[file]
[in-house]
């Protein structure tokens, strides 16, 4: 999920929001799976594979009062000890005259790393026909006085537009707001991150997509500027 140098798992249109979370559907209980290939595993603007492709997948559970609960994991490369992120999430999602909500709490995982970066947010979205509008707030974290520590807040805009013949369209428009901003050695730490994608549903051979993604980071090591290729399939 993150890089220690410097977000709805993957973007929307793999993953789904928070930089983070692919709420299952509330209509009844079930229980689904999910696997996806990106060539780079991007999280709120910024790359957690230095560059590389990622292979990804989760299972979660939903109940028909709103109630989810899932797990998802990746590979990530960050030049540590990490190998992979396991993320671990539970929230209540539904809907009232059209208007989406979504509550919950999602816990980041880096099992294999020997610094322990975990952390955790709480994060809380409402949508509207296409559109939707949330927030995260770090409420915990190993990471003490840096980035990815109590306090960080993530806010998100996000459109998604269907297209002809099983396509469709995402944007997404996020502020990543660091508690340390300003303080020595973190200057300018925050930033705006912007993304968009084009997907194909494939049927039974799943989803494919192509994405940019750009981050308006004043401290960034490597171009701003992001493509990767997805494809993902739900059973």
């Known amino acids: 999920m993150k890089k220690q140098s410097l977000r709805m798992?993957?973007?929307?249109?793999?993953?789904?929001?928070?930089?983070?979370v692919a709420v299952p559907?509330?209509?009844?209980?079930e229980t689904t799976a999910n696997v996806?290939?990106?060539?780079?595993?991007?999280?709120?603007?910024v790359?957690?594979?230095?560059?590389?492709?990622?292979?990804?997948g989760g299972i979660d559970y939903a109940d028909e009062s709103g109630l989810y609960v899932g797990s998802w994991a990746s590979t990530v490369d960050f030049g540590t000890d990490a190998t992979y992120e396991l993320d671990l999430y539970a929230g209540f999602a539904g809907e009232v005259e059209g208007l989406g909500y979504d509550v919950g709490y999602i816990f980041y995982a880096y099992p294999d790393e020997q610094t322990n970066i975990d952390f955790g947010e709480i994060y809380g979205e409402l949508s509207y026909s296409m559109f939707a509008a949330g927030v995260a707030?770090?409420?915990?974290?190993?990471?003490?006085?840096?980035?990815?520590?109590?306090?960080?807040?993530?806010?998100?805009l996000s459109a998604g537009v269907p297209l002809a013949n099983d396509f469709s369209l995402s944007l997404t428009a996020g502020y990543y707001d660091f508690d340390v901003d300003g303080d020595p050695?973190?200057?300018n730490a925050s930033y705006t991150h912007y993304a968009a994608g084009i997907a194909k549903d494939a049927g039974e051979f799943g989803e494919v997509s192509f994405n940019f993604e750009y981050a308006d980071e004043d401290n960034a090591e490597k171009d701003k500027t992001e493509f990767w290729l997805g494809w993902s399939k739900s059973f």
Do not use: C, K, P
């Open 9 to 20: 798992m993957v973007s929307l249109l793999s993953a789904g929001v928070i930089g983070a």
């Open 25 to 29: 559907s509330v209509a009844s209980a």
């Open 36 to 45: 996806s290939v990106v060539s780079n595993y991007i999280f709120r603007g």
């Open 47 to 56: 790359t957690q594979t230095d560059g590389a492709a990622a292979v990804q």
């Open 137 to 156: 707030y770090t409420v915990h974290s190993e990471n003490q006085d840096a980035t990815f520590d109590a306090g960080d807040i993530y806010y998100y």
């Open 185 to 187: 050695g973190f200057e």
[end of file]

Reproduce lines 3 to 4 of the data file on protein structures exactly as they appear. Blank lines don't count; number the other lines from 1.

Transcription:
């Known amino acids: 999920m993150k890089k220690q140098s410097l977000r709805m798992?993957?973007?929307?249109?793999?993953?789904?929001?928070?930089?983070?979370v692919a709420v299952p559907?509330?209509?009844?209980?079930e229980t689904t799976a999910n696997v996806?290939?990106?060539?780079?595993?991007?999280?709120?603007?910024v790359?957690?594979?230095?560059?590389?492709?990622?292979?990804?997948g989760g299972i979660d559970y939903a109940d028909e009062s709103g109630l989810y609960v899932g797990s998802w994991a990746s590979t990530v490369d960050f030049g540590t000890d990490a190998t992979y992120e396991l993320d671990l999430y539970a929230g209540f999602a539904g809907e009232v005259e059209g208007l989406g909500y979504d509550v919950g709490y999602i816990f980041y995982a880096y099992p294999d790393e020997q610094t322990n970066i975990d952390f955790g947010e709480i994060y809380g979205e409402l949508s509207y026909s296409m559109f939707a509008a949330g927030v995260a707030?770090?409420?915990?974290?190993?990471?003490?006085?840096?980035?990815?520590?109590?306090?960080?807040?993530?806010?998100?805009l996000s459109a998604g537009v269907p297209l002809a013949n099983d396509f469709s369209l995402s944007l997404t428009a996020g502020y990543y707001d660091f508690d340390v901003d300003g303080d020595p050695?973190?200057?300018n730490a925050s930033y705006t991150h912007y993304a968009a994608g084009i997907a194909k549903d494939a049927g039974e051979f799943g989803e494919v997509s192509f994405n940019f993604e750009y981050a308006d980071e004043d401290n960034a090591e490597k171009d701003k500027t992001e493509f990767w290729l997805g494809w993902s399939k739900s059973f």
Do not use: C, K, P